I didn't like any of the answers you provided, but a few of them were close. I think there's a LOT to the issue. (I can see this being a long post, so I apologize in advance)
Most of the people I know personally got into golf because they were mentored into golf, either by a friend or family member. When I was a teen (80s) I had quite a few mentors I respected, and one of them was the Youth Pastor at my church who was an avid golfer. He had a set of clubs in his office at church and that's how it all started. I asked him about the clubs, asked him about the game, he taught me the interlocking grip, taught me how to putt like a pendulum, and it wasn't long before we were on a golf course driving range with him teaching me the basics of a golf swing.
Where are the mentors today? Who are YOU mentoring (not just in golf, but in life)?
We grew up hearing about generation gaps. At some points in history they're large. Sometimes they're small. But thanks to many things, I think today's generation gap is larger than I can ever remember. When I was growing up, I would NEVER talk to an adult with the disrespect that MANY (maybe most) kids today have. They think just because they reach the age of 18 and are still breathing that they are somehow equal to every adult in the world, and that's simply NOT the case. If you're one of the people who thinks that, let me clue you in. Just because you are legally an adult does NOT mean you deserve the same respect as someone who has achieved far more in life than you probably ever will. Tell ya what...go get a degree and/or become successful in a career, become self-supporting, and start giving back to your community and I'll give you the same level of respect that I give others of us who have done the same. Until then, accept the fact that you have NOT arrived, you have FAR more work to do, and you are NOT the stud that you think you are.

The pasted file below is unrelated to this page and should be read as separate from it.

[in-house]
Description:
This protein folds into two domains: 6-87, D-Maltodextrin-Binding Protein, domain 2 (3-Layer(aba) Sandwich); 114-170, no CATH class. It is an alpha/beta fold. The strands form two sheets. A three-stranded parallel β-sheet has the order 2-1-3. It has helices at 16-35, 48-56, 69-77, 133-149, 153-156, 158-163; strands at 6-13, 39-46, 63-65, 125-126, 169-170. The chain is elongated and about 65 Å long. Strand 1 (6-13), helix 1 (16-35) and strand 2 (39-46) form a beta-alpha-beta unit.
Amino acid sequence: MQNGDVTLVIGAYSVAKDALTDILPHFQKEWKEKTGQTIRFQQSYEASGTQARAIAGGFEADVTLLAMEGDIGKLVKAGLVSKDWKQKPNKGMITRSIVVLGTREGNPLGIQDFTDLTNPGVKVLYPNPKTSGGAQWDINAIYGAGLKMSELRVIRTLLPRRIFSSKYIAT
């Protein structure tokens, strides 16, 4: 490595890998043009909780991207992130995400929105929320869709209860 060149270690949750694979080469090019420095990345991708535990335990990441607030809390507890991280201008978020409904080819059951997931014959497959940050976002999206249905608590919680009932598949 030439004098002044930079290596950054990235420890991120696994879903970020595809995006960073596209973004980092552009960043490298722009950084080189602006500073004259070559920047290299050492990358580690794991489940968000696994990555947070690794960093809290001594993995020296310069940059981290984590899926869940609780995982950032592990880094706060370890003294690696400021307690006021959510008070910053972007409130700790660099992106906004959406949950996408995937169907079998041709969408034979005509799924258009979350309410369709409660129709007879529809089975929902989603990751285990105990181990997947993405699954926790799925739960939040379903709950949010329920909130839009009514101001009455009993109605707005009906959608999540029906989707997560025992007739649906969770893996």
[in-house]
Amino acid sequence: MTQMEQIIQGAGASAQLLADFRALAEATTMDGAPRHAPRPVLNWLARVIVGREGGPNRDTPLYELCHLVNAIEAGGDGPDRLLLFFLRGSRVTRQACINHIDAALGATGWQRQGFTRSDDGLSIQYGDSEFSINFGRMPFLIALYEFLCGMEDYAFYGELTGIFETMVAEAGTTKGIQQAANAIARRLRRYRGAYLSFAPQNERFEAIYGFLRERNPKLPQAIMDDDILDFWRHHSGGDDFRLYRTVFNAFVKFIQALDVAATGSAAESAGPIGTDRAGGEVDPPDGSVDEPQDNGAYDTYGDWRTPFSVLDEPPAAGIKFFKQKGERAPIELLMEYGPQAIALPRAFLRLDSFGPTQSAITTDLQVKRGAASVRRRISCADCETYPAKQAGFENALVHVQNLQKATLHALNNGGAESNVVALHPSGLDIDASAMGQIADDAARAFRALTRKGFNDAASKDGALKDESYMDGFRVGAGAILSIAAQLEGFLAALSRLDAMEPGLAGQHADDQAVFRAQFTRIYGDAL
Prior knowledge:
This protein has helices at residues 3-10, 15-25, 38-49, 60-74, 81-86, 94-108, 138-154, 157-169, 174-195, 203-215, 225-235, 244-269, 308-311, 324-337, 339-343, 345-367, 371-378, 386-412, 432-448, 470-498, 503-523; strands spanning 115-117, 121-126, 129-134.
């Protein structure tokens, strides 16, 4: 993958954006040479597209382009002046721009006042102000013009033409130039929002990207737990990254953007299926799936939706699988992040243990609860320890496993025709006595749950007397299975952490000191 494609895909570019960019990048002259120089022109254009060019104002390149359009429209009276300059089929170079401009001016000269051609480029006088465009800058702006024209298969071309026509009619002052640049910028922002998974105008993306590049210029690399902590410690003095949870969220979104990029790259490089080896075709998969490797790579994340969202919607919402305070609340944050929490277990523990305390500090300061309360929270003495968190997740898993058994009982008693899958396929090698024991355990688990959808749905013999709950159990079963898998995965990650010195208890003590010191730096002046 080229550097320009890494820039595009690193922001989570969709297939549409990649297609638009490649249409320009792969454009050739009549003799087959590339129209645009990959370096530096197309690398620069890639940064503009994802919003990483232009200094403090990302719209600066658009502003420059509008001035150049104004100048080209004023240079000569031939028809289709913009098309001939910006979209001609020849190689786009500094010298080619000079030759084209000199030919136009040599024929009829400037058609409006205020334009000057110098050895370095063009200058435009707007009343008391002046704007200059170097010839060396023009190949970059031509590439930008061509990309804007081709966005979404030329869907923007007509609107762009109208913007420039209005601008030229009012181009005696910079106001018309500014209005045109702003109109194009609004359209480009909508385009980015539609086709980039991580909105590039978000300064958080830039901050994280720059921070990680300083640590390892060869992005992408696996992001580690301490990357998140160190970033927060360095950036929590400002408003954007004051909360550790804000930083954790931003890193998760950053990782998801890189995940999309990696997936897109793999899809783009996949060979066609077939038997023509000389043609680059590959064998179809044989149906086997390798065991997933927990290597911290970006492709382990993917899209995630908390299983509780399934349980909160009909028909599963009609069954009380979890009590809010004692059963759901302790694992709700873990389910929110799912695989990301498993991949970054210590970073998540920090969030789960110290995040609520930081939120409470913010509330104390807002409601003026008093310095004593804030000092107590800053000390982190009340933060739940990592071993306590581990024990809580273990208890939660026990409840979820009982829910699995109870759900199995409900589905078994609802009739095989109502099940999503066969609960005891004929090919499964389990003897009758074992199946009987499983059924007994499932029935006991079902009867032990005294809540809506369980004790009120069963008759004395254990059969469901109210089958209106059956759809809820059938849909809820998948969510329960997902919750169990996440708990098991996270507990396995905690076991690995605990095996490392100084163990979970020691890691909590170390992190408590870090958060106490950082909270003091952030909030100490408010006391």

No matter how much I'd love to mentor kids with these attitudes, the simple fact is most of them don't WANT to be mentored. They want to do it THEIR way and refuse to "conform" because their peers have brainwashed them into thinking that conformity is the enemy of personal freedom. And as long as they're not receptive to mentoring, it's impossible to lead them into anything, much less a hobby/sport like golf which requires STRICT conformity to the rules in order to be appreciated.
Lisa and I hit the range at Valley Golf Saturday and again had to put up with some guys, probably late teens or very early 20's, who have a lot to learn about etiquette. As near as I could tell, the three of them were having a challenge on who could kill the ball the deadest, and yelling after every shot. Sometimes they'd sky the ball and end up hitting the roof just over the practice tees, yelling and laughing about that, too. After about 30 minutes of listening to them, one of the guys from the pro shop came up to see if they needed something. My wife explained it later. It's an automated facility, and you adjust the height of the tee using a little touch pad. Well, apparently they were also having a little contest to see what would happen if one of the other guys was constantly changing the height of the tee while the one guy was hitting (probably the cause of the shots hitting the roof) and one of them accidentally hit the "CALL" button for the pro shop.
The younger generation has equated self-discipline with following rules, and following rules is conformity, and conformity is bad. Taking advice...well, that's like following rules, too.
The only way to get kids these days to do things is to convince them that they WANT to do it. Then you have to convince them that there is a logical reason for every rule. Otherwise you get people who argue with every rule, saying things like "you can't prove there's a need for the rule so it shouldn't be a rule" (anyone read the anchored putting ban thread?).
Golf is doomed as long as the younger generation is so high on themselves that they refuse to follow any of our advice, much less our traditions.
Oh, it may survive on the PS3 or XBox, but the game itself doesn't have much of a chance with the current "youngsters" in my opinion. I can only hope that THEIR kids reverse the trend and actually learn to show respect for others, respect for history, and a desire to maintain tradition that their parents didn't seem to have.